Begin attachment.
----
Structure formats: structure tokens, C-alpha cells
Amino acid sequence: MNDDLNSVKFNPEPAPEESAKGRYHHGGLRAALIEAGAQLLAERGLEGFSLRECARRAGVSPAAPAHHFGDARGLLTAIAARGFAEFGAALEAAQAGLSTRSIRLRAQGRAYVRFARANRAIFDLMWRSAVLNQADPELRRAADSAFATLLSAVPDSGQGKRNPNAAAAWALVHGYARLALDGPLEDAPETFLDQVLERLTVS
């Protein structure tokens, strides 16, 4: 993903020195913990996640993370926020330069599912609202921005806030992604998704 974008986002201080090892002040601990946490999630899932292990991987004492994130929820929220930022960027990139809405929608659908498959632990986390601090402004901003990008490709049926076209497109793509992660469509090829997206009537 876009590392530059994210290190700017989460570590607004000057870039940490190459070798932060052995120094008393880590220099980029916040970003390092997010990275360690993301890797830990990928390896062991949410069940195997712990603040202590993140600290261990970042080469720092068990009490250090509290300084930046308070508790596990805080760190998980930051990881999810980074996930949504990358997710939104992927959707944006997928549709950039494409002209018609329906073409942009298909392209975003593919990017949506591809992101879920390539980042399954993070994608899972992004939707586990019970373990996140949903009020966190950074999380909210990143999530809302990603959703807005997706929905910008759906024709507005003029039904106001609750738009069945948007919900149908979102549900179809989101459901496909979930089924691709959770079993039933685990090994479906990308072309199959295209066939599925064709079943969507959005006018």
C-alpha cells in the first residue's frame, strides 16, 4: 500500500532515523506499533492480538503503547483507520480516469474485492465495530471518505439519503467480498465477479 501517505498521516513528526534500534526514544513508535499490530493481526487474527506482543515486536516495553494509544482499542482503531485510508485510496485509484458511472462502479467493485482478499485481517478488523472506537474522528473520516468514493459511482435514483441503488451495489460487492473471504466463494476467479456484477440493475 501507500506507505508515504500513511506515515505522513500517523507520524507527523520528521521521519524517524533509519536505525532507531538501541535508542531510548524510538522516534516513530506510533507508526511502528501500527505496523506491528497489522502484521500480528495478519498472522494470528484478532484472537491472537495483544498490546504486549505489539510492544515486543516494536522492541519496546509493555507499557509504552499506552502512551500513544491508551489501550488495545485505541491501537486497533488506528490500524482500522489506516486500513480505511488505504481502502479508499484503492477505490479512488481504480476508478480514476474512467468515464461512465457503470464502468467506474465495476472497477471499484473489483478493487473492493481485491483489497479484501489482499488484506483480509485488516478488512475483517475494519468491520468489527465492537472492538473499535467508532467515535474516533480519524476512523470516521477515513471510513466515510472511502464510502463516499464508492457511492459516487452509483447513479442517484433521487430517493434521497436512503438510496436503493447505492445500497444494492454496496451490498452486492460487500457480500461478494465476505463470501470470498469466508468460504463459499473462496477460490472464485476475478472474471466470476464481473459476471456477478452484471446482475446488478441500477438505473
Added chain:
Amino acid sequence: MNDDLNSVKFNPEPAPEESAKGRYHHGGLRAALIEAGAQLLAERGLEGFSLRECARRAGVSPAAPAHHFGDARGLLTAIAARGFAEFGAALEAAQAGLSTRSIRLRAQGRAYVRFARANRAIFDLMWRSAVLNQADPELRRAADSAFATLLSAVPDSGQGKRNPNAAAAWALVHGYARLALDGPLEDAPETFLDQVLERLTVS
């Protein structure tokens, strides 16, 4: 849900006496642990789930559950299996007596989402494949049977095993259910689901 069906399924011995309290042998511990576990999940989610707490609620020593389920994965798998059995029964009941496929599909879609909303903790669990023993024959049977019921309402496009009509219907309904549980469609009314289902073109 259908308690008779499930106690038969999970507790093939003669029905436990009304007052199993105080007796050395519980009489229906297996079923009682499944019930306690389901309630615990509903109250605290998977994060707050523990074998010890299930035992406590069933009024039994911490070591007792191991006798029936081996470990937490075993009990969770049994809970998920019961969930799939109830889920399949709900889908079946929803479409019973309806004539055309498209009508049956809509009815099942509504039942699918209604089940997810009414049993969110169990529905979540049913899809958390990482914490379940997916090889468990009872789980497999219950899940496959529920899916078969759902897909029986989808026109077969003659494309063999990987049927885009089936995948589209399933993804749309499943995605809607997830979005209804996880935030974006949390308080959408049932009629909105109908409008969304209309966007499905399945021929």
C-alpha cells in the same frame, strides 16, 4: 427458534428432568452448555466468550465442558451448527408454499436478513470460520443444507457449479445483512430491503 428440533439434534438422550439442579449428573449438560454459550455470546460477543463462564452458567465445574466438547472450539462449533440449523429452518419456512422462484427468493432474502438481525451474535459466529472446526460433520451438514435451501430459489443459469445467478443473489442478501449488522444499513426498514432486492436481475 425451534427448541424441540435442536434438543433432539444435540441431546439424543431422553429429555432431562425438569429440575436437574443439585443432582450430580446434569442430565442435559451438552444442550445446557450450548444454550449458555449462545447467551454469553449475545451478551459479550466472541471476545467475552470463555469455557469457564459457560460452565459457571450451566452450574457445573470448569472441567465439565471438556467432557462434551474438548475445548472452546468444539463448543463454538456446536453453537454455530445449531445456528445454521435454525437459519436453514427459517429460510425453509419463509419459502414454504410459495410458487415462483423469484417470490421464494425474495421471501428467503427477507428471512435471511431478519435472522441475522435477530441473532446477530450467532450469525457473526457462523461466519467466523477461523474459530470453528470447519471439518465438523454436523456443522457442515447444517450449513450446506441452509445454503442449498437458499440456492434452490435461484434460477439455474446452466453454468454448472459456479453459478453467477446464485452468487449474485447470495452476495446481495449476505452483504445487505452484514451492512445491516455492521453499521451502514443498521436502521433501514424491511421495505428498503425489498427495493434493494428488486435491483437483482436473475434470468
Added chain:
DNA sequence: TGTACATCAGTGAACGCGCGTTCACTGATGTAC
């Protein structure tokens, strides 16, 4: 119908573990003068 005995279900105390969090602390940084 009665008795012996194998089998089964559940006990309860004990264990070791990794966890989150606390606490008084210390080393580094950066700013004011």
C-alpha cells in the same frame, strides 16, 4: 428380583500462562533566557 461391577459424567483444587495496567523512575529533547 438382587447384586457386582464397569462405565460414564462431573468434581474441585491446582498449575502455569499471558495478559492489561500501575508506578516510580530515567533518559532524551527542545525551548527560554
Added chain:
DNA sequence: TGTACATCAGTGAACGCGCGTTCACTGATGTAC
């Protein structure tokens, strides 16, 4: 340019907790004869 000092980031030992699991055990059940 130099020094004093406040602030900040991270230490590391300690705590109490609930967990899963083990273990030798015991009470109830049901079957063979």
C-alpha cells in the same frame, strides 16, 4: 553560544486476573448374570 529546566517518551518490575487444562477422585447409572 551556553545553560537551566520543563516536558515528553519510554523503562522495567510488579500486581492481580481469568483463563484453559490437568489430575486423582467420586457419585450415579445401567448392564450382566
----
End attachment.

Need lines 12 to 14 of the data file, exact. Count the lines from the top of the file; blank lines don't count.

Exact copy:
C-alpha cells in the same frame, strides 16, 4: 428380583500462562533566557 461391577459424567483444587495496567523512575529533547 438382587447384586457386582464397569462405565460414564462431573468434581474441585491446582498449575502455569499471558495478559492489561500501575508506578516510580530515567533518559532524551527542545525551548527560554
Added chain:
DNA sequence: TGTACATCAGTGAACGCGCGTTCACTGATGTAC